- Abd al-Razzaq ibn Fazlullah (1332–1338)
- Wajih ad-Din Masud ibn Fazlullah (1338–1343)
- Muhammad Ay Temur (1343–1346)
- Kaba Isfendiyar (1346–1347)
- Lutf Allah (1347-1348 d.1361)
- Khwaja Tadj ad-Din Ali (1348–1353)
- Yahya ibn Karawi (1353–1358)
- Zahir ad-Din (1358–1359)
- Haidar al-Qassab (1359–1360)
- Lutf Allah (restored) (1360–1361)
- Hasan al-Damghani (1361–1364)
- Khwaja 'Ali-yi Mu'ayyad ibn Masud (1364-1376 d.1386)
- Rukn ad-Din (1376–1379)
- Khwaja 'Ali-yi Mu'ayyad ibn Masud (restored) (1379–1386)
Read more about this topic: Sarbadars
Other articles related to "rulers, ruler":
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... The rulers of the Duala are the headmen, chiefs, paramount chiefs, and kings of the Duala people of Cameroon ... The earliest known Duala rulers, according to Duala oral history, were Mbongo and his son Mbedi ... traders began referring to the Duala rulers as chiefs and kings (kine in Duala) ...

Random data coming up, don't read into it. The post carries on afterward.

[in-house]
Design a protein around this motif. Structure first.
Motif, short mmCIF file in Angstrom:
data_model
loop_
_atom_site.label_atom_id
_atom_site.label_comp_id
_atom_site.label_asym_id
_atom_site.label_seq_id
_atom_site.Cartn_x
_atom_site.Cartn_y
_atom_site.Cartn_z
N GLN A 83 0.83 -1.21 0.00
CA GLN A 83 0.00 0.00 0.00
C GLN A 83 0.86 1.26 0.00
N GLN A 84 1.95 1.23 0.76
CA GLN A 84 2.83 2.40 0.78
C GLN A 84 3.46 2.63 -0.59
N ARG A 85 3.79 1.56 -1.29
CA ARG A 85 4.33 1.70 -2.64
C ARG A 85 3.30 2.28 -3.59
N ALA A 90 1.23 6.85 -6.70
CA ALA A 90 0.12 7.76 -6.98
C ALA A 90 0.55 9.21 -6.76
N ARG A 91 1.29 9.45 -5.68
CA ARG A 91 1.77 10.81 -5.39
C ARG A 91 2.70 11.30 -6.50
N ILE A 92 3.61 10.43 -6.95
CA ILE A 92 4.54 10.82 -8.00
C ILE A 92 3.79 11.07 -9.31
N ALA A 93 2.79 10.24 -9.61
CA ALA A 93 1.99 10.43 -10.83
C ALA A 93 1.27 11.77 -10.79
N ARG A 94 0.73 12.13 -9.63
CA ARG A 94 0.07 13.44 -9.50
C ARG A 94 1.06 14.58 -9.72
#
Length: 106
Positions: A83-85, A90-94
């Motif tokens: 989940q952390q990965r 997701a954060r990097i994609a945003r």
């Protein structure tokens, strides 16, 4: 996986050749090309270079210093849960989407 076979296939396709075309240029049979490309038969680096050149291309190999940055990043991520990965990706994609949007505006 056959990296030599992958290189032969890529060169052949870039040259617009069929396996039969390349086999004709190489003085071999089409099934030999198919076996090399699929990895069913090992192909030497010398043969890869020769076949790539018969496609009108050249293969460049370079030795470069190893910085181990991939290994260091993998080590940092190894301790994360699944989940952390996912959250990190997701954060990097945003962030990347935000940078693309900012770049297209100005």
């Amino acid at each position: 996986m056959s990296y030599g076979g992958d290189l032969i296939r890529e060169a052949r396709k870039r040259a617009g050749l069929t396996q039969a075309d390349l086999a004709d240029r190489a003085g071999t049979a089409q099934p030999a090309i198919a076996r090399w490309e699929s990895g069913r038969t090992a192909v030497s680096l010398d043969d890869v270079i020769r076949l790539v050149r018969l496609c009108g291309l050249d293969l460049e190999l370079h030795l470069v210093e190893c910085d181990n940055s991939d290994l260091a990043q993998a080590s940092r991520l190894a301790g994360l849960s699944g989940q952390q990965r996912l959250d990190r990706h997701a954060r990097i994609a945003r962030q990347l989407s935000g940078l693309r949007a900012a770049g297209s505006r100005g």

... the national religion of Islam, the position of the Malay rulers, the special position of the Malay majority, and citizenship — were entrenched ... These provisions may only be amended with the consent of the Conference of Rulers — a body comprising the Malay rulers and the Governors of those states without a. 152), and the sovereign rights of the Rulers (Article 181) ...
... family for the secession of Perlis from Kedah with the Jamalullail family as its hereditary rulers ... The hereditary ruler of Perlis is also the head of its royal household ... Unlike most of the other Malaysian states with its own hereditary rulers which are accorded with the title of "Sultan", the hereditary rulers of Perlis are accorded with the title of "Raja" ...
Famous quotes containing the word rulers:
“To the rulers of the state then, if to any, it belongs of right to use falsehood, to deceive either enemies or their own citizens, for the good of the state: and no one else may meddle with this privilege.”
—Plato (c. 427347 B.C.)
“I walk toward one of our ponds; but what signifies the beauty of nature when men are base? We walk to lakes to see our serenity reflected in them; when we are not serene, we go not to them. Who can be serene in a country where both the rulers and the ruled are without principle? The remembrance of my country spoils my walk. My thoughts are murder to the State, and involuntarily go plotting against her.”
—Henry David Thoreau (18171862)
“The rulers of the state are the only persons who ought to have the privilege of lying, either at home or abroad; they may be allowed to lie for the good of the state.”
—Plato (c. 427347 B.C.)